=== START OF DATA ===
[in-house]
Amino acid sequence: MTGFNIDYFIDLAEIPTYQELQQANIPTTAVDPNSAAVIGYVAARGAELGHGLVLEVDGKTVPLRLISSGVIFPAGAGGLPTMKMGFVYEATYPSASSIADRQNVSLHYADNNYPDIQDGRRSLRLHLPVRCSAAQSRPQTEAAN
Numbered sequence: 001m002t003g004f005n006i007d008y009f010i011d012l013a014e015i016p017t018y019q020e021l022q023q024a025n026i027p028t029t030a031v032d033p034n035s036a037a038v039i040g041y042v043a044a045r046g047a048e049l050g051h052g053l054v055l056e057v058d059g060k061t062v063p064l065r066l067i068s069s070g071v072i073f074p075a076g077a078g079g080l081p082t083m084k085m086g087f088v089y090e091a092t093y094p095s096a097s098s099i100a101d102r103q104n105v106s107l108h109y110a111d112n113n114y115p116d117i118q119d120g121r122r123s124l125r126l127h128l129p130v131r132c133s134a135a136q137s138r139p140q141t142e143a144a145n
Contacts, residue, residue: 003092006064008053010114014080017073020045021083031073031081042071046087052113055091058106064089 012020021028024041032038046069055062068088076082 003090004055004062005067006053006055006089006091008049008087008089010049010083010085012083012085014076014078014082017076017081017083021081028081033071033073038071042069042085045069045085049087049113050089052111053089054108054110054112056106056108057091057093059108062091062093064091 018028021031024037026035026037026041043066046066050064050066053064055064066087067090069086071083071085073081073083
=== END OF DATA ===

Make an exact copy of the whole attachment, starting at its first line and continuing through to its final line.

[in-house]
Amino acid sequence: MTGFNIDYFIDLAEIPTYQELQQANIPTTAVDPNSAAVIGYVAARGAELGHGLVLEVDGKTVPLRLISSGVIFPAGAGGLPTMKMGFVYEATYPSASSIADRQNVSLHYADNNYPDIQDGRRSLRLHLPVRCSAAQSRPQTEAAN
Numbered sequence: 001m002t003g004f005n006i007d008y009f010i011d012l013a014e015i016p017t018y019q020e021l022q023q024a025n026i027p028t029t030a031v032d033p034n035s036a037a038v039i040g041y042v043a044a045r046g047a048e049l050g051h052g053l054v055l056e057v058d059g060k061t062v063p064l065r066l067i068s069s070g071v072i073f074p075a076g077a078g079g080l081p082t083m084k085m086g087f088v089y090e091a092t093y094p095s096a097s098s099i100a101d102r103q104n105v106s107l108h109y110a111d112n113n114y115p116d117i118q119d120g121r122r123s124l125r126l127h128l129p130v131r132c133s134a135a136q137s138r139p140q141t142e143a144a145n
Contacts, residue, residue: 003092006064008053010114014080017073020045021083031073031081042071046087052113055091058106064089 012020021028024041032038046069055062068088076082 003090004055004062005067006053006055006089006091008049008087008089010049010083010085012083012085014076014078014082017076017081017083021081028081033071033073038071042069042085045069045085049087049113050089052111053089054108054110054112056106056108057091057093059108062091062093064091 018028021031024037026035026037026041043066046066050064050066053064055064066087067090069086071083071085073081073083